A blog about the restoration, remodel and renovation of a 1929 Chicago-style brick bungalow

Piecing History Together

As I mentioned the other day, I went downtown to the Recorder of Deeds in the Cook County building at 118 N. Clark to try and learn more about the history of our house.

Down in the basement you’ll find large binders containing handwritten logs which recorded all of the transactions related to your house (along with all the others in your neighborhood) up until 1985. (Anything after that date is available online.)

The employees there were very helpful and found the appropriate binder to get me started. If you go, in addition to your Property Identification Number (PIN), it’s helpful to have the written legal description of your property which states your lot number and subdivision.

From there you scan through each page to find a reference to your lot number, which details the transaction that occurred, the parties involved, the date, and the document number.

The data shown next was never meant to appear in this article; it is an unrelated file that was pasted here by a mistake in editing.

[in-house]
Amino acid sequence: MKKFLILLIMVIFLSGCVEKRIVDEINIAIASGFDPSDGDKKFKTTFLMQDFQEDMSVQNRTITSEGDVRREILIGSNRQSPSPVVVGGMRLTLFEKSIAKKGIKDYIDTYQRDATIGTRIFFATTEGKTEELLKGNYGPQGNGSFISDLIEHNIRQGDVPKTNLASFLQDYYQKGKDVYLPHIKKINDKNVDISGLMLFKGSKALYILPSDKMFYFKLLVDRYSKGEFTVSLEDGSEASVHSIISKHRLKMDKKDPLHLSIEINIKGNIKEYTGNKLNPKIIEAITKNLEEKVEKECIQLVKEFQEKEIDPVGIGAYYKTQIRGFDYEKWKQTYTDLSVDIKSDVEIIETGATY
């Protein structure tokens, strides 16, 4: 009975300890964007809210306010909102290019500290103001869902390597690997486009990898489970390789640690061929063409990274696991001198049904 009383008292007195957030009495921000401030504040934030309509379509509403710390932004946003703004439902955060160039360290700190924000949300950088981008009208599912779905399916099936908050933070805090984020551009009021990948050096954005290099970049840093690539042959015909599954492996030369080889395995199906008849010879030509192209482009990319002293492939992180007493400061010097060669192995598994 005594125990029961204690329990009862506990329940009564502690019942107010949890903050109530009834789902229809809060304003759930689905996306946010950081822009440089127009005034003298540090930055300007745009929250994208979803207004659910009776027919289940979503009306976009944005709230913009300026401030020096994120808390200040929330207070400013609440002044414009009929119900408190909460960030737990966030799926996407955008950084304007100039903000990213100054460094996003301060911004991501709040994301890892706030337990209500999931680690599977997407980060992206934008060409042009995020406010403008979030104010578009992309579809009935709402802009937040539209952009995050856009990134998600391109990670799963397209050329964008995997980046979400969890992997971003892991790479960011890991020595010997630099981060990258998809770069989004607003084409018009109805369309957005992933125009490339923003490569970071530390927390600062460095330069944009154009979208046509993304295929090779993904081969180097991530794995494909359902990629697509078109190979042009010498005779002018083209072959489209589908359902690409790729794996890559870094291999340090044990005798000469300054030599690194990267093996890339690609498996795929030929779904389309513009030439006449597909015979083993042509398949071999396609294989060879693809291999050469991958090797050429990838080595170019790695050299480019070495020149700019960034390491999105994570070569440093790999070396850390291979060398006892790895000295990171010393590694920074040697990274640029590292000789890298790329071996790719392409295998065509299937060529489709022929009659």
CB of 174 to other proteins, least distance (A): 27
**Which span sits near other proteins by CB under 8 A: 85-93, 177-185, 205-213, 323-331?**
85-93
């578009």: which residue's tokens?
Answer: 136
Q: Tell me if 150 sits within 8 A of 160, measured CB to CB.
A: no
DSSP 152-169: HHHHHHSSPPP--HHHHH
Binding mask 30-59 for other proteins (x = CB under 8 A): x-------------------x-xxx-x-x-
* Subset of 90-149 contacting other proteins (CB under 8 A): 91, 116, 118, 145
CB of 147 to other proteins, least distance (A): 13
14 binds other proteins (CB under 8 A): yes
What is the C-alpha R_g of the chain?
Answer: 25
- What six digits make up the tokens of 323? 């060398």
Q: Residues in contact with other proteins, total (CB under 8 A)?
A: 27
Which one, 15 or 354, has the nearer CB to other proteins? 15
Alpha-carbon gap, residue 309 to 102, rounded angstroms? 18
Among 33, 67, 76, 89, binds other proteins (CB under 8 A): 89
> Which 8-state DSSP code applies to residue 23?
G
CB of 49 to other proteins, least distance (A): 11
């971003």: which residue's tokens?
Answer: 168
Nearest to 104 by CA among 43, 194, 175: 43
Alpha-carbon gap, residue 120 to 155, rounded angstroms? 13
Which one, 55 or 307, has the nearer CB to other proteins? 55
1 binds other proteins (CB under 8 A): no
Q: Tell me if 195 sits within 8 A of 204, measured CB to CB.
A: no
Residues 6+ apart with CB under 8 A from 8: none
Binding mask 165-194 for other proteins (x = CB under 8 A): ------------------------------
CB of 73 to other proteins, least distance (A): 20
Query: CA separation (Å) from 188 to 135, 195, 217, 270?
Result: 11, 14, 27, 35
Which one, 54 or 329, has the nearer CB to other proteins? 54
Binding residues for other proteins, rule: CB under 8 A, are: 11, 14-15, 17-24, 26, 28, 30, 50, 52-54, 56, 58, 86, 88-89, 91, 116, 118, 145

The first interesting fact: our subdivision was created in 1925 as a direct result of the Elevated Line extension on Dempster Street (now CTA’s Yellow line, the Skokie Swift). I know this because our subdivision is called the Northwestern Realty Co. Dempster Terminal. While only about a mile away, today it doesn’t feel related to this area at all mainly because the Edens Expressway now separates the two.

But back then most of the area was surrounded by farmland. The original Dempster Street station, shown here on opening day of the Elevated Line in 1925, was built in the Prairie Style by Chicago Transit Authority architect Arthur Gerber.

Over the years the building fell into disrepair and was used as the Greyhound Bus Terminal in the 1970s and later. In the 1990s it was an eyesore, until it was finally “rediscovered” and recognized to be architecturally significant in the early 2000s.

The Village of Skokie managed to find a developer willing to restore the building, and because they were also reconfiguring the surrounding transit hub, the building had to be moved 120 feet to the east in order to accommodate the buses that serve the CTA.

It’s now a gorgeous building housing my favorite Starbucks.

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